Does the High Street have a Future?

‘The high street is dead’ echoed every newspaper and blog as we sat back and watched the demise of Comet, HMV, and Blockbuster earlier this year.

With super-fast broadband and innovative online media streaming services like LOVEFILM and Spotify, it’s easy to point the finger at the internet for the failure of the high street, but is this a fair judgement?

What does the future hold for retail, both online and in store, and how can we learn from others mistakes to avoid our own obituary? We ask marketing and ecommerce professionals what they think at this year’s Internet Retailing Expo held in Birmingham.

Held over two days, Internet Retailing Expo is the biggest event in online retail and provided us with a fantastic opportunity to meet like-minded, ecommerce professionals. This year’s show, which took place last month, drew in a packed Birmingham NEC with famous-name stands, workshops and theatres featuring a packed schedule of inspirational speakers.

But don’t just take our word for it; here’s what the visitors and exhibitors had to say:

So yes, the high street may change, and yes companies will come and go. But with a strong strategy that embraces opportunities rather than fearing them, retailers can survive and even thrive.

Before we blame the internet for the high street’s demise, perhaps we should look at how it can work with new technologies and techniques to provide a truly multi-channel retail experience? Digital is now a major part of the shopping process, and it is vital to the success of any retailer that they implement an online strategy.

So what’s the census from Internet Retailing Expo? eCommerce is not the enemy here; shopping has changed and so has the high street with it.

Do you agree? Let us know what you think below or on Twitter using the hashtag #PCAchat

 


  • Allan Duncan

    Very challenging question and some extremely useful answers – I particularly like the ‘quick and the dead’ comment from Ray – it sums up the future of retailing.

    Forget Mary Portas – listen to these guys!

  • Hi Natalie,

    It’s a great question to ask. To say that ecommerce is killing the high street is disingenious and ignores the major shift in media consumption. You can’t force customers off the high street, they make a choice and ecommerce can and does deliver value to a lot of people.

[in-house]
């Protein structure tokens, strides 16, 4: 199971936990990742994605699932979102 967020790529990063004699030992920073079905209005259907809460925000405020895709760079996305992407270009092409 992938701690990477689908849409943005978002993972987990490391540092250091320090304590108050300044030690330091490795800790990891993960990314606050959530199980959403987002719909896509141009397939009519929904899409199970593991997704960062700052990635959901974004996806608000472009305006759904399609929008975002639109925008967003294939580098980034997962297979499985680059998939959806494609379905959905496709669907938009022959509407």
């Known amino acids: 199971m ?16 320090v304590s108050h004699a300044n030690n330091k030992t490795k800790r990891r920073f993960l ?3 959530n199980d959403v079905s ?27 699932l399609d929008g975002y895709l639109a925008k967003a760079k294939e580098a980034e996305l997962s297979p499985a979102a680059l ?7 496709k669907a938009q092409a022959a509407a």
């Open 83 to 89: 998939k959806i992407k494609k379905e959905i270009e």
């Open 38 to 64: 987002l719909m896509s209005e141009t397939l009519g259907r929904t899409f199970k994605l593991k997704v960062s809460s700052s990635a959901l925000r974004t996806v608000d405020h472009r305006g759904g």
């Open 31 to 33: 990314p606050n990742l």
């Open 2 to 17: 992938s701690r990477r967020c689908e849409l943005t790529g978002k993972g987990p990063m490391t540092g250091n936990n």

For multi-channel retailers, ecommerce presents major opportunities and can actually help them differentiate against pureplays. I’ve seen this with retail brands I work with – just take a look at the mobile data on how customers are using the mobile channel to interact with brands. Mobile isn’t a direct conversion channel, though you can of course generate sales. However, mobile is better suited to task completion and the use of HTML5 mobile sites and native apps helps companies to provide an always-on experience. When the store closes, the ecommerce operations is still running. Mobile and desktop are there when people are watching the TV and searching online. They’re also there for people to research and exchange info with friends via social connections. They offer new opportunities that a traditional high street environment can’t.

    And let’s not forget the impact ecommerce is having within the physical retail world. Just look at the cool things brands like Debenhams are doing with interactive windows. And I’ve seen plenty of evidence of the ecommerce channel driving value to stores – House of Fraser’s Buy & Collect service is a brilliant example; it’s a major growth area of the business.

    Businesses need to accept the cultural shift in consumer behaviour and understand how ecommerce can help them. It’s no use blaming the Internet, life evolves!

    cheers
    james

  • Great Piece.
    The high street, as you say, will change – it won’t remain this “one place” to visit, it won’t be the “only place to go” if you want something. If amazon has only showed us one thing (it has shown us many i know) it is that digital will be king of the retail high street – this is something which failing companies over the past few years have paid testament too.

    With that comes a question though, where do we go from here…
    What I mean is, is what we see at the moment as the norm with online shopping the best way to do online shopping – is there enough “butter” (as google say) is it “frictionless”, the answer is no – so how do we go about changing the status qou of ecommerce today?